When both Ananias and Sapphira died after church members accused them of lying to and deceiving God, it is as though God’s wrath against sinners Ananias and Sapphira killed them. Understandably this shocked the other believers. The point here seems to be two-fold: 1) to lie to and to attempt to deceive the church is to do the same to the God, and this is looked upon as a grave sin, and 2), sinning like this may put your very life in peril.
As I read this, I got the feeling that this message deals with the power and control of the church – a story as a means to control the behavior of the parishioners. Wow! Don’t lie to the church or God or it will cost you your life. This message is in sharp contrast to another message I hold dear – and that is that God is a primordial goodness that is eternally present, regardless of what one does or does not do – a goodness and love bestowed upon each of us that is neither earned or deserved. We are all beloved to God, and God is forgiving and merciful.
The sin of Ananias and Sapphira did not consist in the withholding of part of the money but in their deception of the community. Their deaths are ascribed to a lie to the holy Spirit (⇒ Acts 5:3, 9), i.e., they accepted the honor accorded them by the community for their generosity, but in reality they were not deserving of it.
Above is the NAB’s explination of the events in our reading … for some reason, I still feel pretty disturbed. I’m not the only one … the lectionary for the Catholic Church leaves out this reading … it’s never used in Mass. As I read at the American Catholic site …
Interestingly, while the Easter season readings emphasize this ideal picture of the early Church, Acts hints at times that all was not perfect. The framers of the Lectionary left out the curious story of Ananias and Sapphira (Acts 5:1-11). This married couple withheld from the common pot proceeds from the sale of some property. Peter confronts them and denounces their selfishness. Their punishment seems rather severe, for upon Peter’s interrogation about their evil deception, they both drop dead! Little wonder that this reading did not make it into the Lectionary! The message of instilled fear in the Church (Acts 5:11) goes counter to the hope-filled, joyful message of the Easter season. Yet perhaps the reading interjects a note of realism, namely, that it is not easy to fulfill the idealized vision of Church life presented by Acts.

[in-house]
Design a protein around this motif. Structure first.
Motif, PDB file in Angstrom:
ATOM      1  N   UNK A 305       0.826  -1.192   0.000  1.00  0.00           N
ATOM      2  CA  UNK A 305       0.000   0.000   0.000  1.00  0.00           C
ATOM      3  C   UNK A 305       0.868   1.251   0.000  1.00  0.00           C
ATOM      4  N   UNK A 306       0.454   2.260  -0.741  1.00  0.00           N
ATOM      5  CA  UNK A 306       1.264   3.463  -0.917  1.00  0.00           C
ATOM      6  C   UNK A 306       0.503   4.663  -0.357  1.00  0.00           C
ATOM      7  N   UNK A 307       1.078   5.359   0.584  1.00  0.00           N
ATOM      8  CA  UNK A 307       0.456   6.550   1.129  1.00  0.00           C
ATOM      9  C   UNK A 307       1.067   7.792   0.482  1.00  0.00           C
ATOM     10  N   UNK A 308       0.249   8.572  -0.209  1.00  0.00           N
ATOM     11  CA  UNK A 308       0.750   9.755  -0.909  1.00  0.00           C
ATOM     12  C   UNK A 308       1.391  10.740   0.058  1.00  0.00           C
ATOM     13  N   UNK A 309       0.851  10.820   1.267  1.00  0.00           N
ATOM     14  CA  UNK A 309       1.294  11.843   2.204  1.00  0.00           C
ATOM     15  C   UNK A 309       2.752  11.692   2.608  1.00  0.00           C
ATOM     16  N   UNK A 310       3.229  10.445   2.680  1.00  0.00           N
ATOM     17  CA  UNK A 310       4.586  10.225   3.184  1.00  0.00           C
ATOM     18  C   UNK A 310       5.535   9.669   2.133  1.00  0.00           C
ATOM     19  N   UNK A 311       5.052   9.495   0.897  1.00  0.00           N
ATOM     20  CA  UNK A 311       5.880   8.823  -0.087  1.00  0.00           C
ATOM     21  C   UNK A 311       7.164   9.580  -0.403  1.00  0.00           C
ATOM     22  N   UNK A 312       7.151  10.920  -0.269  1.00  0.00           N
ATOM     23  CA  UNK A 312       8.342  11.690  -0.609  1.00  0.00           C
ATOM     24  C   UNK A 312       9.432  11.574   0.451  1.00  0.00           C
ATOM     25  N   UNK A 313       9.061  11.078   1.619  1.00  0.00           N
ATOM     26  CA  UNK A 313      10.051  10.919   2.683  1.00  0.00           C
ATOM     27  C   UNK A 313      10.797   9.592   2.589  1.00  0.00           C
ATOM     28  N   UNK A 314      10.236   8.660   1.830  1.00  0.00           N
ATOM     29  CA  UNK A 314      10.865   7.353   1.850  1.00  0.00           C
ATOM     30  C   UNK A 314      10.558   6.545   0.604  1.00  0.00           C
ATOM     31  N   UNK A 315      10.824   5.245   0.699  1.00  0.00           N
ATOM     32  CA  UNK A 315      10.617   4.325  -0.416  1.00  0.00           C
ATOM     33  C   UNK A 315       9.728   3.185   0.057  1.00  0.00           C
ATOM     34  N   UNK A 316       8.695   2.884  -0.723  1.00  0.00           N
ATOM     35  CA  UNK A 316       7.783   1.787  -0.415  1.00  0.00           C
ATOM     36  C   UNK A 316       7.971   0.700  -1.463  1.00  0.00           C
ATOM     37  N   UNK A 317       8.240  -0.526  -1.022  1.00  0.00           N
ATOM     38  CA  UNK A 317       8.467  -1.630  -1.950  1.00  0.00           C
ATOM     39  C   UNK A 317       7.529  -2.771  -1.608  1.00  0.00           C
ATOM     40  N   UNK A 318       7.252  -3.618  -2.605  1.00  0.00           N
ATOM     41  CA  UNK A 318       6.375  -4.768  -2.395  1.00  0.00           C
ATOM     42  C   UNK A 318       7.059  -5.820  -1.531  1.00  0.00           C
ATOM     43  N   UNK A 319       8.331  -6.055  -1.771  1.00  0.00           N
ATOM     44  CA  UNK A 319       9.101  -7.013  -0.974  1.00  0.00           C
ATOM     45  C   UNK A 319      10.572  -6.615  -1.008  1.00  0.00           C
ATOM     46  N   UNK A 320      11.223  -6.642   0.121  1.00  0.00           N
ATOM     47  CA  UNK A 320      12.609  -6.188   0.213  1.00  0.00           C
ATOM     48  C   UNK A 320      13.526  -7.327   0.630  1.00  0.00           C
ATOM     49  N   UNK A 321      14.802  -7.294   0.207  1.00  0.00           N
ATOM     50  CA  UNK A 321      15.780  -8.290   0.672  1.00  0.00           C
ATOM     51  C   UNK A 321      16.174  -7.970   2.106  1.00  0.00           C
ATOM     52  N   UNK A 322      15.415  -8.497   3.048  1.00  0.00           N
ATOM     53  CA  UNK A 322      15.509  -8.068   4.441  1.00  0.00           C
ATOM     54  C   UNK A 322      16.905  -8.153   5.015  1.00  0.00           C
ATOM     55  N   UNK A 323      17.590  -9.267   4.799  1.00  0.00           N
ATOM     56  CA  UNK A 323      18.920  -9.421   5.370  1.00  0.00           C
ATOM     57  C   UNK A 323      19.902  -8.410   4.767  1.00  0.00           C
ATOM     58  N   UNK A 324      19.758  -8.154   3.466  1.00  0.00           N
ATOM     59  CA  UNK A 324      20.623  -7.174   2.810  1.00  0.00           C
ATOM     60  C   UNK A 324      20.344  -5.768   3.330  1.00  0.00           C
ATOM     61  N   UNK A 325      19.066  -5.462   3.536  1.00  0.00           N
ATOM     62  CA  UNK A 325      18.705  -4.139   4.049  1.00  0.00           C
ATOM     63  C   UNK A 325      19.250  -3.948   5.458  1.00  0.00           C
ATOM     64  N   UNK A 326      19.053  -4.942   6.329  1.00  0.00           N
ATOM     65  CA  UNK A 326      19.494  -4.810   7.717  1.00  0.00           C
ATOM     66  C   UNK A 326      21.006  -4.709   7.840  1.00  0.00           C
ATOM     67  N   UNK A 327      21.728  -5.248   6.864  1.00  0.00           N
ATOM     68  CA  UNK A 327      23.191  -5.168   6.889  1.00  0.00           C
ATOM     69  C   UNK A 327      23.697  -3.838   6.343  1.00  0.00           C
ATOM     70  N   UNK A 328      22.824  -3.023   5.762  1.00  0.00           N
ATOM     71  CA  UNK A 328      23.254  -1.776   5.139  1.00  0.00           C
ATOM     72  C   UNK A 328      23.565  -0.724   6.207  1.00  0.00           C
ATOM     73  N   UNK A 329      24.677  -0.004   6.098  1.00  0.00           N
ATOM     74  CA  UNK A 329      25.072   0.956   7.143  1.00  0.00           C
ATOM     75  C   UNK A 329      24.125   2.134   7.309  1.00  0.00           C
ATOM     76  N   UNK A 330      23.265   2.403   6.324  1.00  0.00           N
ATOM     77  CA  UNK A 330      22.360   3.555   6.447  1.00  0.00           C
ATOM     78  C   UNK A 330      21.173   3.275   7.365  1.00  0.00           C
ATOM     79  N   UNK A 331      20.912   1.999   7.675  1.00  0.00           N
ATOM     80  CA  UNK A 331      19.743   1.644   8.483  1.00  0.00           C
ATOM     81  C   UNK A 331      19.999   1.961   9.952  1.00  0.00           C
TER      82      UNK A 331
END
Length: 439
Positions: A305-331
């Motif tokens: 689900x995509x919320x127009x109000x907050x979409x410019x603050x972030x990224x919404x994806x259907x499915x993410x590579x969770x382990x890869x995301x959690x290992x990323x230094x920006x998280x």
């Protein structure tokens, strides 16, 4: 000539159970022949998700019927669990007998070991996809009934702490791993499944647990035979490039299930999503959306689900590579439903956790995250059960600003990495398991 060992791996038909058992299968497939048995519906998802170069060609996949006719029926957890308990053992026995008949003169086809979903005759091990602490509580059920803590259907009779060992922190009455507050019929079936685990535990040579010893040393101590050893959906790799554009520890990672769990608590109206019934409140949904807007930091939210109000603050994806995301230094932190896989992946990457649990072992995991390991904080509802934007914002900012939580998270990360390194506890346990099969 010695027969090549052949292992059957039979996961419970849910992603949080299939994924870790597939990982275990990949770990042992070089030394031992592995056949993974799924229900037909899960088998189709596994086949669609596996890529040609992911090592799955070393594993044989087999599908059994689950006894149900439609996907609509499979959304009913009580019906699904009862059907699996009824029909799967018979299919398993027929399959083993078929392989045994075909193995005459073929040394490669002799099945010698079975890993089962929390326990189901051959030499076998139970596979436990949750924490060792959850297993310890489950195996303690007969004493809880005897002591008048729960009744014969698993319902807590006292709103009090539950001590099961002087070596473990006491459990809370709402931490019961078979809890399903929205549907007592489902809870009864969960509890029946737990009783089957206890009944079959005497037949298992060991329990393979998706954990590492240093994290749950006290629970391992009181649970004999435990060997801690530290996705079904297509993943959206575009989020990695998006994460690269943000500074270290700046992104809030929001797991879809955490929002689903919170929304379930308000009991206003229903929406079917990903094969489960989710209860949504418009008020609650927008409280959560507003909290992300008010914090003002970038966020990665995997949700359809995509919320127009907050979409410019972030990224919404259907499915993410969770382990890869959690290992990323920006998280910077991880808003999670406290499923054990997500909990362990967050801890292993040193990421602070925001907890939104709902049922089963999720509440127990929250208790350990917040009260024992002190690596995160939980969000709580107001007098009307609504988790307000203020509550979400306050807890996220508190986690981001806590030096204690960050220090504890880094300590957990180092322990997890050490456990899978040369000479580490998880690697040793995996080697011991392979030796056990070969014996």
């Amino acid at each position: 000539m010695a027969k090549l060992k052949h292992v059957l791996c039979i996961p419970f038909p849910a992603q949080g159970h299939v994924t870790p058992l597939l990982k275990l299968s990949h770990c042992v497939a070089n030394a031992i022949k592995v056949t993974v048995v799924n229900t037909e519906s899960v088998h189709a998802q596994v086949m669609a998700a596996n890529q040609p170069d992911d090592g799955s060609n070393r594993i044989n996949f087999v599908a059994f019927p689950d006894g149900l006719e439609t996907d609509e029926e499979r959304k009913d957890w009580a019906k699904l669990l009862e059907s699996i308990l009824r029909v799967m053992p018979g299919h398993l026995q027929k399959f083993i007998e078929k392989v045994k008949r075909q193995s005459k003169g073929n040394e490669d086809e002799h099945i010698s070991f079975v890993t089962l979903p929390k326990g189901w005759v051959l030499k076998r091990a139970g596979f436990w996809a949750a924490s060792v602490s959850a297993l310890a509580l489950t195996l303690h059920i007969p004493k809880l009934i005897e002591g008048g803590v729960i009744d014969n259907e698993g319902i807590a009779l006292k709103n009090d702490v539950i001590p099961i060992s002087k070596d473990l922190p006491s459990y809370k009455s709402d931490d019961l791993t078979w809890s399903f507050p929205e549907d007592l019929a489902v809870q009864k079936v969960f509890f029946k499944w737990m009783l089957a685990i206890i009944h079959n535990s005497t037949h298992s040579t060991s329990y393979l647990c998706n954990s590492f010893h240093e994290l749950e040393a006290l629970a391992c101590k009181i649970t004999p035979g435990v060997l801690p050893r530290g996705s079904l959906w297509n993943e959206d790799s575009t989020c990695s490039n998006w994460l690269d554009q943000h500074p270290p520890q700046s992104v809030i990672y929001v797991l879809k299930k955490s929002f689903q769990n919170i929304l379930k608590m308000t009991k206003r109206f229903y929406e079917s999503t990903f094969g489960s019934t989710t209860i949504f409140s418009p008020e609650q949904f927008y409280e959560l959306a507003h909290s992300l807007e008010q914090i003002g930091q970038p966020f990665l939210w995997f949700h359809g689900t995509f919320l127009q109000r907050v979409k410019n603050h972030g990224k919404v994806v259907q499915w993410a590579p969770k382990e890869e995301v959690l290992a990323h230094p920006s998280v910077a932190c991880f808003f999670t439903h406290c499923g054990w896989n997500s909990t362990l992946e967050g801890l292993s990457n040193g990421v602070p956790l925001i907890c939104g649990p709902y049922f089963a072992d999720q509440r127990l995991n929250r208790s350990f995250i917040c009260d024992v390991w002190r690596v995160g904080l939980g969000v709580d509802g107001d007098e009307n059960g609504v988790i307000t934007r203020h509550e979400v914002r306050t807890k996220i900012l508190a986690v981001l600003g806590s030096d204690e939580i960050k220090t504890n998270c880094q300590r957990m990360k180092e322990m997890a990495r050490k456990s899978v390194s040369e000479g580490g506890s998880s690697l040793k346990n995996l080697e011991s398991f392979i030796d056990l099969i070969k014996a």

It’s a sad commentary on human nature that this reading ends with a line that’s meant, I think, to reinforce our faith …. And great fear came upon the whole church and upon all who heard of these things. I prefer the line from 1 John 4:18 …. There is no fear in love, but perfect love drives out fear because fear has to do with punishment, and so one who fears is not yet perfect in love.
– The Death of Ananias by Raphael
I don’t know how I got the last passage wrong like that: I put Acts 2:1-10 in as title and yet got the right passage — Acts 4:32-37! Gaak! I musta bin asleep at the switch. Not that anyone noticed (or decided to point out to me the error of my ways . . .
But a man named Ananias with his wife Sapphira sold a piece of property, and with his wife’s knowledge he kept back some of the proceeds, and brought only a part and laid it at the apostles’ feet. But Peter said, “Ananias, why has Satan filled your heart to lie to the Holy Spirit and to keep back part of the proceeds of the land? While it remained unsold, did it not remain your own? And after it was sold, was it not at your disposal? How is it that you have contrived this deed in your heart? You have not lied to men but to God.” When Ananias heard these words, he fell down and died. And great fear came upon all who heard of it. The young men rose and wrapped him up and carried him out and buried him.